Like Mayflies in a Stream is far from the first modern retelling of the Babylonian Epic of Gilgamesh. Since the rediscovery of his tale in 1849, the legendary king of Uruk has appeared in novels, plays, operas, even comic books and videogames. This new version is of interest, because it focuses less on the semi-supernatural hero and more on ordinary men and women who live, not very comfortably, in his vicinity.The book covers the first part of the epic, through the death of Gilgamesh's dearest friend, Enkidu. In form, it is an historical novel, sedulous about the details of time and place, not too heavy-handed in presenting them. Particularly worthy of note is the portrayal of the Mesopotamian landscape, with its stark dichotomy of city and wilderness. One has a sense of how isolated and imperiled the early centers of civilization were, and how mightily they could impress nomads who had never seen a a wall, a temple or a palace.The plot follows the original fairly closely. The author fills it out with characters, incidents and motivations, and makes changes to avoid slipping into fantasy. When the heroes slay a demon, the do it off-stage, and the divine bull sent to punish Gilgamesh's sacrileges is rationalized as a revolt by the pious people of his city.The central character is Shamhat, the priestess who lures wild Enkidu into the bonds of civilization. She is an intelligent and independent-minded protagonist, but also a woman of ancient Sumer - neither a romantic heroine nor a proto-feminist. She accepts the divine order and persists in trying to persuade Gilgamesh to act as the "shepherd" of his people rather than their master. His preference for following his own will - first tyrannizing over Uruk, then neglecting the responsibilities of kingship in order to indulge his infatuation with Enkidu - contrasts sharply with her devotion to duty and the gods.In the end, she fails to reform the king. Distraught at the loss of Enkidu, he departs Uruk on a quest for the secret of immortality. Shamhat, meanwhile, must reassemble the pieces of her life. In that she succeeds, discovering, like Candide,the satisfactions of tending one's own garden.While not free of imperfections, Like Mayflies in a Stream is a well-wrought,agreeable story, as well as a fine introduction to a monument of ancient literature.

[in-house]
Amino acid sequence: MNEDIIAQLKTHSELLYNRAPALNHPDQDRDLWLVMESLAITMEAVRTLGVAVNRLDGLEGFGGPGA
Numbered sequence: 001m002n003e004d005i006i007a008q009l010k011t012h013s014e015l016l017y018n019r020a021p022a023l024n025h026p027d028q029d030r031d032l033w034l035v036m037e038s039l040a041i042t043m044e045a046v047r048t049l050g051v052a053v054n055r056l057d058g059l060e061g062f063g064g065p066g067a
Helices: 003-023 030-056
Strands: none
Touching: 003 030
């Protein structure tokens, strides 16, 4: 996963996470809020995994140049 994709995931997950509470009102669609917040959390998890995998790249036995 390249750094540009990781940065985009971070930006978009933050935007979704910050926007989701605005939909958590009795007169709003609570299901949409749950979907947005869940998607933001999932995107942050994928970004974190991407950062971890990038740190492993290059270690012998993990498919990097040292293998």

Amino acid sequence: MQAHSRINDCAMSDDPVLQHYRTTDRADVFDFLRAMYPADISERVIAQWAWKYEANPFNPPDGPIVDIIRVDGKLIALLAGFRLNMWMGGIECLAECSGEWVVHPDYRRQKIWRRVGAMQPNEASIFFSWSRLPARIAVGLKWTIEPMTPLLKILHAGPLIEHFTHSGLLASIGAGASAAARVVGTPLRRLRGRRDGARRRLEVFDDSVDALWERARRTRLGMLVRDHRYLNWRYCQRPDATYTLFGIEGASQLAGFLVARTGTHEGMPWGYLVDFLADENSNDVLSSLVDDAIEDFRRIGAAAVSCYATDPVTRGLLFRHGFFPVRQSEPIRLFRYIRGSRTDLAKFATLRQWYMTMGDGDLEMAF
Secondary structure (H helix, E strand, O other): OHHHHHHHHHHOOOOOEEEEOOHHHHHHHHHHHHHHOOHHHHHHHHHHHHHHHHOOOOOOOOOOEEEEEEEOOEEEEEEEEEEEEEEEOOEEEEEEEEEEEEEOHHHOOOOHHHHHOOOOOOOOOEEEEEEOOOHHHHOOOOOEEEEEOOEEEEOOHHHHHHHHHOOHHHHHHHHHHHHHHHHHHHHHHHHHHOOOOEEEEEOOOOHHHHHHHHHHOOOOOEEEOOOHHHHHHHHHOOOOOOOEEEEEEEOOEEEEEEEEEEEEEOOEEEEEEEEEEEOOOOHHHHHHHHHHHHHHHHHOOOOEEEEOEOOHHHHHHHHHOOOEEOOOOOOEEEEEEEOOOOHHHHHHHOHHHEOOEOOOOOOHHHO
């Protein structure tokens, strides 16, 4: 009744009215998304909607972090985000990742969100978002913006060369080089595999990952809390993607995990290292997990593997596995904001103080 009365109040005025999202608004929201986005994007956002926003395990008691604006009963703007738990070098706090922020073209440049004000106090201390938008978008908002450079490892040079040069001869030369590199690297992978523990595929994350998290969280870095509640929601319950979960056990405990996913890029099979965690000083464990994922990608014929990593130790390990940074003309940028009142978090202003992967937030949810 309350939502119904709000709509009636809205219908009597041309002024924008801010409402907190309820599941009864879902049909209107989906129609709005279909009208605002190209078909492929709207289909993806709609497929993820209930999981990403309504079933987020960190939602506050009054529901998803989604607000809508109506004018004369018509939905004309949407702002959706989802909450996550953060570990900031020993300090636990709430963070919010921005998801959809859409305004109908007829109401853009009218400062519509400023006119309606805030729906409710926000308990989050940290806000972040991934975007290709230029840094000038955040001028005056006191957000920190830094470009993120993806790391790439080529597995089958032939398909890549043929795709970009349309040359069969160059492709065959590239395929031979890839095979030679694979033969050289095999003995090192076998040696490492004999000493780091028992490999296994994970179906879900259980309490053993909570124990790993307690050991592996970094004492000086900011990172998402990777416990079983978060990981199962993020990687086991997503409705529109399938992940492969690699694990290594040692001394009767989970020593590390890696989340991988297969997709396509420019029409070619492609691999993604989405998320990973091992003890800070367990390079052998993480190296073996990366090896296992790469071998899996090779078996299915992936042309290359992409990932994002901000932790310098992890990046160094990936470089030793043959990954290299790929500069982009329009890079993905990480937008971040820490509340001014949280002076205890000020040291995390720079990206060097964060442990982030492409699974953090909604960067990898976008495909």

Anonymous More than 1 year ago
saycestsay More than 1 year ago
The Epic of Gilgamesh had very human origins and in this novel Shauna Roberts explores them. The people, land, city and desert that created Uruk and civilization in Mesopotamia are nicely drawn here. As a reader I enjoyed exploring this world and its people through Roberts' eyes. I believe other readers will also love this story for its romance and touching emotional depths. The cover is not as engaging as it could be but it does show the important elements of the story: the literate priestess Shamhat, who tamed Enkidu, the wild man/companion to King Gilgamesh of the city of Uruk. The story flows quickly and smartly to its end. Recommended.